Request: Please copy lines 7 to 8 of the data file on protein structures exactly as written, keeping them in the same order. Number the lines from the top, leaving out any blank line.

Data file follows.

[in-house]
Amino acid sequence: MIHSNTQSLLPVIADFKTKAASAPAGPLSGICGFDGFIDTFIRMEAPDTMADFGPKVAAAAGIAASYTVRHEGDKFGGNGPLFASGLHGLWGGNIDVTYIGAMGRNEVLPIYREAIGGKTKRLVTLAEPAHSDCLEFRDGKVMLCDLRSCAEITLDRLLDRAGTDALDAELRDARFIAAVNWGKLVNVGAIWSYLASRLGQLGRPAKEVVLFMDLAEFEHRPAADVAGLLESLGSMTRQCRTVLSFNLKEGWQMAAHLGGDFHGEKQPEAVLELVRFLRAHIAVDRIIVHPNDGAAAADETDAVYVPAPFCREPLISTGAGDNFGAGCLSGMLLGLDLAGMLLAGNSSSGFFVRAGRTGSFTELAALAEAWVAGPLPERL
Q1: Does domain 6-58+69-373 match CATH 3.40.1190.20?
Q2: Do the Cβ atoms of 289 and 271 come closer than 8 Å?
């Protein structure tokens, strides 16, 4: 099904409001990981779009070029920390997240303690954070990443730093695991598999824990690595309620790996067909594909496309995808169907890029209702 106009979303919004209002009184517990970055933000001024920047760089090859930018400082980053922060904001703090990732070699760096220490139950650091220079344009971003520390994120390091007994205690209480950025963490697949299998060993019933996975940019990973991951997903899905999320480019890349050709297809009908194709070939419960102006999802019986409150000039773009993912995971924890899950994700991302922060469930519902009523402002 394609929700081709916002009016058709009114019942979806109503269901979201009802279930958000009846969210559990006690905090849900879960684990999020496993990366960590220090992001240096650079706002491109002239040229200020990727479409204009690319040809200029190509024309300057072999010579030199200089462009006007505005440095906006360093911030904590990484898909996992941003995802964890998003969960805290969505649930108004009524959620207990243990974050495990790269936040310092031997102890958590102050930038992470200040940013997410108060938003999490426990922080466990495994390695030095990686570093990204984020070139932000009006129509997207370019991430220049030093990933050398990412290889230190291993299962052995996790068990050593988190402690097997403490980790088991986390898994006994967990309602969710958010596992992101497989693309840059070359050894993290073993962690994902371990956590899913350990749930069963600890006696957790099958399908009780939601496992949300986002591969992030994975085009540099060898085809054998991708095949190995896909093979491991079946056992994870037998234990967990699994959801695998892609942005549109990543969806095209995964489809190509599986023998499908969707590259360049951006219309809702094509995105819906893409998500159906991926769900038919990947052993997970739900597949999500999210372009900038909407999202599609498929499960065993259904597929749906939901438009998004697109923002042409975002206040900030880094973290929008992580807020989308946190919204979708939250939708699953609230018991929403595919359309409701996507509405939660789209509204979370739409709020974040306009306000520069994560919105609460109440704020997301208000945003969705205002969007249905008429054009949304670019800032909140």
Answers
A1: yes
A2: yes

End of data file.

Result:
A1: yes
A2: yes